Sparks fly at FWT meeting

1 year - 15 October 2018 | Social Issues

Otis FinckEmotions came to a boiling point between an elected Fishermen Widows Trust (FWT) member and a director of Ehika Fishing during a meeting in...

Helping the homeless

1 year - 15 October 2018 | Social Issues

Leandrea Louw Darryn Booysen (17) a grade 11 learner at JJ’s Care Centre in Walvis Bay is on a mission to help the homeless...

These women really care

1 year - 15 October 2018 | Social Issues

Otis Finck This year’s Women Who Care brunch generated more than N$35 000 for cancer related causes. “We handed N$30 000 of...

The role of young leaders discussed

1 year - 15 October 2018 | Social Issues

Otis FinckTwenty five youth leaders from Walvis Bay, Swakopmund and Arandis met to discuss issues affecting youngsters within the church and in the community. ...

Around the world before the big three-oh

1 year - 01 October 2018 | Social Issues

Yolanda NelOne adventurer had only one goal in 2015: To visit every country in the world before he turns 30. And now he is slowly...

Social workers appreciated

1 year - 01 October 2018 | Social Issues

Otis Finck Social workers of the ministry of health and social services celebrated national Social Workers Day on 19 September. Walvis Bay Salt...

Food crises at hospitals far from over

1 year - 01 October 2018 | Social Issues

Otis Finck Erongo governor Cleophas Mutjavikua has appealed for more foodstuff donations to alleviate the prevailing food shortage at hospitals in the region. ...

Suicides continue to rock the country

1 year - 24 September 2018 | Social Issues

Jemima Beukes and Otis Finck Namibia’s suicide rate is the fourth highest in Africa after Mozambique, Tanzania and Burundi, and 11th in the world.“In...

Prayer warriors united against social evils

1 year - 17 September 2018 | Social Issues

Walvis Bay residents joined in prayer yesterday morning. The prayer session was initiated after the gruesome murder of Cheryl Avihe Ujaha (9) whose mutilated body...

Latest News

Around the wicket

1 day - 16 October 2019 | Sports

The Namibia FNB Kwata Cricket Fun day took place at the Cricket Oval in Walvis Bay last Saturday. The fun day saw more than 270...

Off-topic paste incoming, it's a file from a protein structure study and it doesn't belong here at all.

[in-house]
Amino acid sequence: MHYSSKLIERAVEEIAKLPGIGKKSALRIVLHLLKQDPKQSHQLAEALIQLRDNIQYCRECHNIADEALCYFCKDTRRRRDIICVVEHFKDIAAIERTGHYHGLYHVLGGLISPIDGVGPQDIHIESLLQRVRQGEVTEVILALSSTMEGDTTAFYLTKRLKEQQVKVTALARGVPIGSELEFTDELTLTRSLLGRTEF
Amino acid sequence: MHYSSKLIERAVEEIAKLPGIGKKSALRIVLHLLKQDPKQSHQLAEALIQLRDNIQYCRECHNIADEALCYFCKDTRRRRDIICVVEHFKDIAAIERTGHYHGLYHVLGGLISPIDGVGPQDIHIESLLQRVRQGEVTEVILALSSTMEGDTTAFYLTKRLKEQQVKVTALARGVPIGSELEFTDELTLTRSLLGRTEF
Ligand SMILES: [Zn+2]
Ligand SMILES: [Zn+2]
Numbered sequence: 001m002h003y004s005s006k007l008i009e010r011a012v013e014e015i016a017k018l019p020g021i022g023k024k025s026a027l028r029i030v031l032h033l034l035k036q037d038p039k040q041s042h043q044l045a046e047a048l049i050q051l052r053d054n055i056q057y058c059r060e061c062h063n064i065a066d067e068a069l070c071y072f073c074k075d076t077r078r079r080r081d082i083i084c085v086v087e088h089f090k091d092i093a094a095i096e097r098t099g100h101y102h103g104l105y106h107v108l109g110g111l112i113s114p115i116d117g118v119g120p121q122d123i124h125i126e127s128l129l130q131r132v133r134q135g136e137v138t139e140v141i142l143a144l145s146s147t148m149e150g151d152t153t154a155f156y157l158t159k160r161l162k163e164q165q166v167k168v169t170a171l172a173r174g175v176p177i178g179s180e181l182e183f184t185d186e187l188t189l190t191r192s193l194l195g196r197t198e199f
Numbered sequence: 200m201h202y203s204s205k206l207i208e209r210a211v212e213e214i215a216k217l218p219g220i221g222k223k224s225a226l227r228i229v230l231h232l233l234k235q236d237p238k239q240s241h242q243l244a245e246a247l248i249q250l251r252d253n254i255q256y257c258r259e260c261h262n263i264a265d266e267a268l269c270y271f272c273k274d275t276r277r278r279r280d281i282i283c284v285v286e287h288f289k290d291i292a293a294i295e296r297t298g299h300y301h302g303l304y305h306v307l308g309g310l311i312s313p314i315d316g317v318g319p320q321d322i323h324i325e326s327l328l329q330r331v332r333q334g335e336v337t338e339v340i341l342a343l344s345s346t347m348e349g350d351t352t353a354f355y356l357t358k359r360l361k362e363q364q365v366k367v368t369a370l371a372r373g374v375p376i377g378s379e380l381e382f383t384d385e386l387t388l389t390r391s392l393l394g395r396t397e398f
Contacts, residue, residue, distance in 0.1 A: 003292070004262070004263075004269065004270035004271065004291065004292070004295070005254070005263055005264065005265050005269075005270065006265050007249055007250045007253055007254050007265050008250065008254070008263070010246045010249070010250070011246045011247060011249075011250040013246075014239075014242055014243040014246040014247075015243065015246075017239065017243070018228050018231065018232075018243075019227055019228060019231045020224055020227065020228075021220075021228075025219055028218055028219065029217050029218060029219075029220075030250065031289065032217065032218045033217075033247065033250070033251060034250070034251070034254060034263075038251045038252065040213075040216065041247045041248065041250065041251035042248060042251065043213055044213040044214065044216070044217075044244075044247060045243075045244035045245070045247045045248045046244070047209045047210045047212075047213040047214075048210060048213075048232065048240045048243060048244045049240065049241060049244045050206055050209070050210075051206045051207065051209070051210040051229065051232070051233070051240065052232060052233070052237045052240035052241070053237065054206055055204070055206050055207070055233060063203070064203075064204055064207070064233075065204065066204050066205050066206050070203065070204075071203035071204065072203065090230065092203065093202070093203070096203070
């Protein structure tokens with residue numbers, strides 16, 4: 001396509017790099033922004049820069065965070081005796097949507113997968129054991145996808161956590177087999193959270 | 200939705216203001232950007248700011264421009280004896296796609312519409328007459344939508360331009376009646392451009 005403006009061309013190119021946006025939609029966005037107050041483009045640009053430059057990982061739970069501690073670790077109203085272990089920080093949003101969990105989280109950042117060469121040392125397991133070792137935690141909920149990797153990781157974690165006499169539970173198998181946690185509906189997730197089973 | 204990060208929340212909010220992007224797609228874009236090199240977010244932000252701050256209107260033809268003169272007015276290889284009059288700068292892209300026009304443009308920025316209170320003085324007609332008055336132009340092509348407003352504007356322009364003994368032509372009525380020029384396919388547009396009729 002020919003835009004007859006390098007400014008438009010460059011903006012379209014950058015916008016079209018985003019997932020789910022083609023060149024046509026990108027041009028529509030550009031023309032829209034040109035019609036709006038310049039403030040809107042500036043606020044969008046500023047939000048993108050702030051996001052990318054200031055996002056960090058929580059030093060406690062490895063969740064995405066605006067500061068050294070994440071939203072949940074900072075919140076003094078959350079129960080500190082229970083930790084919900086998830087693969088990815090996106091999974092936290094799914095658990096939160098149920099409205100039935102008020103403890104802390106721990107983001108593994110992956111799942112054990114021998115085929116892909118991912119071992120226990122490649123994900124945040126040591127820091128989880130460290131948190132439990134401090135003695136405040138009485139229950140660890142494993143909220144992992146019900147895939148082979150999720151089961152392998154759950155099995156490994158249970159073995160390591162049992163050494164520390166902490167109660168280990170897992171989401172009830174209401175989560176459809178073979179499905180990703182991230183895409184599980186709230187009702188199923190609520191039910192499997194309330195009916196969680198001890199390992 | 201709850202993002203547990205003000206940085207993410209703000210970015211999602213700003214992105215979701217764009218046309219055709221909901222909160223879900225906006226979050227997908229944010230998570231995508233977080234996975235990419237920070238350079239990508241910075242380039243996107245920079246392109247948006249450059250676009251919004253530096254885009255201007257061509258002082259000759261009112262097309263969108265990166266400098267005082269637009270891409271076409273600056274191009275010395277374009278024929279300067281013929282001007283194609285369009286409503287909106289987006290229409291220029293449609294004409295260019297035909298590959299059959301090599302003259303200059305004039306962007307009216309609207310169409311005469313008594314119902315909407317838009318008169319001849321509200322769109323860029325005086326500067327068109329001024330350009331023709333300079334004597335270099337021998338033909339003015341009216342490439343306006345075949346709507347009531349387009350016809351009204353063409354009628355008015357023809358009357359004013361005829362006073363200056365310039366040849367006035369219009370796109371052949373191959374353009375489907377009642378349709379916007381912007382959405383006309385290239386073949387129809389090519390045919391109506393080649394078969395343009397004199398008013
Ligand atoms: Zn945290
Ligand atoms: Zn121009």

Science Week off to a...

1 day - 16 October 2019 | Science

Swakopmund • Iréne-Mari van der Walt The Scientific Society Swakopmund celebrates Science Week with a film festival from 14 to 18 October.The...

Meer as ’n Mercedes

1 day - 16 October 2019 | Motors

Swakopmund • Iréne-Mari van der Walt M + Z Motors Swakopmund het onlangs ’n opedag gehou waar Jan Alleman die kans gekry...

Nuwe komitee vir Narraville se...

2 days ago - 15 October 2019 | Local News

Walvisbaai • Leandrea Louw Inwoners van Narraville het onlangs 'n komitee aangewys as verteenwoordigende spreekbuis van die gemeenskap wat betref kwessies, uitdagings en ontwikkeling...

Nog 'n hupstoot vir kankervereniging

2 days ago - 15 October 2019 | Local News

Swakopmund • Leandrea Louw Die Erongo-tak van die Kankerver­eniging van Namibië (CAN) het Saterdag sy grootste, jaarlikse geldinsamelingsveldtog, die Hats and Roses-geleentheid, op Swakopmund...

Vloot vier 15 jaar

2 days ago - 15 October 2019 | Events

Die Namibiese vloot het op 7 Oktober sy 15de bestaansjaar gevier en Saterdag 'n ope dag as deel van die feesvieringe gehou. Om die verrigtinge...

NamGreenWood help herwin

2 days ago - 15 October 2019 | Local News

Swakopmund • Adolf KaureDie Swakopmund-munisipaliteit het tydens sy maandelikse agendavergadering NamGreenWood Ent CC toestemming gegee om herwinbare materiaal van die Swakopmund-stortingsterrein te verwyder. NamGreenWood het...

N$120 miljoen. se

2 days ago - 15 October 2019 | Energy

Arandis • Adolf KaureVisepresident Nangolo Mbumba het onlangs Sertum Ener­gy Namibia se N$120 miljoen-sonkragaanleg by Orano se Trekkopje-myn ingewy. Die 5 megawatt- fotovoltaïese aanleg lê...

Tjivikua at the helm

2 days ago - 15 October 2019 | Local News

The Walvis Bay Corridor Group (WBCG) has welcomed its new chief executive officer, Mbahupu Tjivikua, who joined the team on 1 October. Tjivikua has rejoined...

Load More